Health minister Greg Hunt has announced $66 million in funding for research into vaccine and treatments for COVID-19 and preparations for a future pandemics.
The funding has been made available through the federal government's Medical Research Future Fund (MRFF) and builds on the $30 million already committed to the Coronavirus Research Response (response).
The response is part of the federal government’s $8 billion Coronavirus (COVID-19) National Health Plan.
The response is targeting four research areas - a vaccine, antiviral therapies, clinical trials and improving the health system response and preparedness for future pandemics.
A vaccine for COVID-19
The University of Queensland will receive a further $2 million, building on a previously announced $3 million, for its molecular clamp' technology that can accelerate the development of new vaccines.
The university is collaborating with a number of biopharmaceutical companies and the Coalition for Epidemic Preparedness Innovations on the development of a COVID-19 vaccine.
The federal government will also provide a further $13.6 million to support other COVID-19 vaccine development projects in 2020‑21.
An independent panel of experts will assess expressions of interest and invite formal applications from the most promising projects.
Antiviral therapies for COVID-19
The response includes $7.3 million for nine research teams to support the development of antiviral therapies for COVID-19.
The Walter and Eliza Hall Institute will receive $1 million for the VirDUB research project. The project aims to develop medicines that stop COVID-19 from hijacking human cells and disabling their anti-viral defences.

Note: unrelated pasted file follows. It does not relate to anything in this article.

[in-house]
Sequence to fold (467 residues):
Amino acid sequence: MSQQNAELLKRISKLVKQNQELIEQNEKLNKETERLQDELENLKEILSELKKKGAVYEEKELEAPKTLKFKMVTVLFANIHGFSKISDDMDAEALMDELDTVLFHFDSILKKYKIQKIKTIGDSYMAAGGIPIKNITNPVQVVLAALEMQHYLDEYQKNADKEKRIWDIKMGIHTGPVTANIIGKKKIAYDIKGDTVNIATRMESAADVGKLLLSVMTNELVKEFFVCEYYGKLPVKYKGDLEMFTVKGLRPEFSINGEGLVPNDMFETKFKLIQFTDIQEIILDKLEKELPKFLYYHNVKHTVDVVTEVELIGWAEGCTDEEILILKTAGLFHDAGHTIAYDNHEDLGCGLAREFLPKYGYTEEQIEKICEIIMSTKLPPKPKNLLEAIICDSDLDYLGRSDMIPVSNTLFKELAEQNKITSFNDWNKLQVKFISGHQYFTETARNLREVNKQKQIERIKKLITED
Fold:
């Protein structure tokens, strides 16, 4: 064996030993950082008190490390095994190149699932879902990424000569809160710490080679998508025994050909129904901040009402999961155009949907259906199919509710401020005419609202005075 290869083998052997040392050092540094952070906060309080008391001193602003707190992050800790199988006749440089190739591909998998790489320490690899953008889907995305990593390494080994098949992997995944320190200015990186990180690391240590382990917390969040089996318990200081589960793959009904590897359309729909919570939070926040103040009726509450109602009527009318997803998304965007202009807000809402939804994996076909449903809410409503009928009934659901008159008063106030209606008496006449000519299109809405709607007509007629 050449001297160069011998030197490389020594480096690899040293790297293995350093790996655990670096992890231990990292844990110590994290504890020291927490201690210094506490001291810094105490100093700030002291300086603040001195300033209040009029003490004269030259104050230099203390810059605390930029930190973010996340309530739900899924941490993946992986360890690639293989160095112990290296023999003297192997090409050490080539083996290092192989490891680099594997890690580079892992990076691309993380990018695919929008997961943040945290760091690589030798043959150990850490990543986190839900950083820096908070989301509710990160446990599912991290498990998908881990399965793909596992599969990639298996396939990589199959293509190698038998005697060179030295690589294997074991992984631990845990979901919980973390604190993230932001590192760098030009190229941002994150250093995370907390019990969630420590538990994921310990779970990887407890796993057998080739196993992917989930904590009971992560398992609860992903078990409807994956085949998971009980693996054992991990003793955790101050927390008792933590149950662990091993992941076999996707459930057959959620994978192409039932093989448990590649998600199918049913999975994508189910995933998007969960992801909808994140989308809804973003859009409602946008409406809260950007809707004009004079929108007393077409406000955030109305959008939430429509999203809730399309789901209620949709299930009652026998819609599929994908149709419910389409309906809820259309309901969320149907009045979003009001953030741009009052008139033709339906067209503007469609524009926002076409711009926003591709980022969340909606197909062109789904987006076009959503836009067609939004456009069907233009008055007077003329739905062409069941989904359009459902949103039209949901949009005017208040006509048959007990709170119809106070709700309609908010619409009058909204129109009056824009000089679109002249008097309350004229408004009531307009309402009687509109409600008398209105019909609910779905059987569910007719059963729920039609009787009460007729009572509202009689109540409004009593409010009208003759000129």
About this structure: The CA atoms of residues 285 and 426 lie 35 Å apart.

Minister Hunt said the most successful projects awarded under this round will have an opportunity to seek additional funding of up to $10 million to accelerate their research.
Another $2 million is being provided to a project using stem cell-derived tissues to rapidly test drugs already approved for use in humans for activity against COVID-19.
In the early stages of the program, the Peter Doherty Institute for Infection and Immunity and the Queensland Institute of Medical Research Berghofer will commence this work. Other laboratories will be able to join in the coming months.
Clinical trials of potential treatments
The response will provide $6.8 million to support seven clinical trials investigating treatments for the severe respiratory symptoms of COVID-19.
Improving the health system’s response to COVID-19 and future pandemics
The University of New South Wales will receive $3.3 million for genomics research into the behaviour, spread and evolution of the SARS-CoV-2 virus.
Other grant opportunities include $4 million for digital health research infrastructure, $2 million for research into the human immune response to COVID-19 infection, and $600,000 for research to understand the community’s information needs and behavioural drivers during outbreaks.